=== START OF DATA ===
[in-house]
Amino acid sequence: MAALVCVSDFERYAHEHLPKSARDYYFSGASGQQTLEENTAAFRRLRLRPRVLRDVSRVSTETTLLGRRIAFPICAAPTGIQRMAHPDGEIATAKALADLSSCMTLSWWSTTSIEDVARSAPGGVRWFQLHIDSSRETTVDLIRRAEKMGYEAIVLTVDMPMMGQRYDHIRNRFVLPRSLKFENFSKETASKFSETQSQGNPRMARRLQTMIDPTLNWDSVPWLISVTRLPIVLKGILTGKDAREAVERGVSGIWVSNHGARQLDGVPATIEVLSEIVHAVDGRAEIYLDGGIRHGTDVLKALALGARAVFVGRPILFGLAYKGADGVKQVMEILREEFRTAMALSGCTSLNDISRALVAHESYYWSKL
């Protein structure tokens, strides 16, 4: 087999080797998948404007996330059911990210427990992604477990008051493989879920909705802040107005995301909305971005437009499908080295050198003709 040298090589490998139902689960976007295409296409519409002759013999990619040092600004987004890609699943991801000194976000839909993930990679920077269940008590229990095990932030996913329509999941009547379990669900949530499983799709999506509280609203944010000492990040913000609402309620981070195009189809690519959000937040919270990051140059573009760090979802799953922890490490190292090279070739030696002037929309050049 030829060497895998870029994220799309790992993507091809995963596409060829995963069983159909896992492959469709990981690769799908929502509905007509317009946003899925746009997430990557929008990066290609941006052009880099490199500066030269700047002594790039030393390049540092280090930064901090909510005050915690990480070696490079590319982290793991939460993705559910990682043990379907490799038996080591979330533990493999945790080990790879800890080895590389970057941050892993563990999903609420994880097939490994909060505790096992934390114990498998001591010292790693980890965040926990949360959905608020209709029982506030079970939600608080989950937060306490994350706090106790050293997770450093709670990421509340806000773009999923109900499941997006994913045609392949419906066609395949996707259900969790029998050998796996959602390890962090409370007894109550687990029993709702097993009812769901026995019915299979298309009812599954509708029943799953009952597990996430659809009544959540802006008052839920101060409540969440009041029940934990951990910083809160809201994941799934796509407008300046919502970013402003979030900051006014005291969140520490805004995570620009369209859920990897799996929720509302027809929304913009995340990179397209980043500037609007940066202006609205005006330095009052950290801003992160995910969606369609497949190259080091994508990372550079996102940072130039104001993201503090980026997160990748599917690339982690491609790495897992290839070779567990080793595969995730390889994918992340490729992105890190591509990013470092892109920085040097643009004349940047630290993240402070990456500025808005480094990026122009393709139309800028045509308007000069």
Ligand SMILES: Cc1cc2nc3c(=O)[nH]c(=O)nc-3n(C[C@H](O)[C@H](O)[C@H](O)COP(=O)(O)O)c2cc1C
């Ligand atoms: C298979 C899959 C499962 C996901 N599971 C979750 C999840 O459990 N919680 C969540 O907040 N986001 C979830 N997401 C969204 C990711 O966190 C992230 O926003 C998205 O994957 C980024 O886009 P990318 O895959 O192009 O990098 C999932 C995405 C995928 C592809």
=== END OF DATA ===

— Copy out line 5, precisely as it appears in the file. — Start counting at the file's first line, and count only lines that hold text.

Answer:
């Ligand atoms: C298979 C899959 C499962 C996901 N599971 C979750 C999840 O459990 N919680 C969540 O907040 N986001 C979830 N997401 C969204 C990711 O966190 C992230 O926003 C998205 O994957 C980024 O886009 P990318 O895959 O192009 O990098 C999932 C995405 C995928 C592809």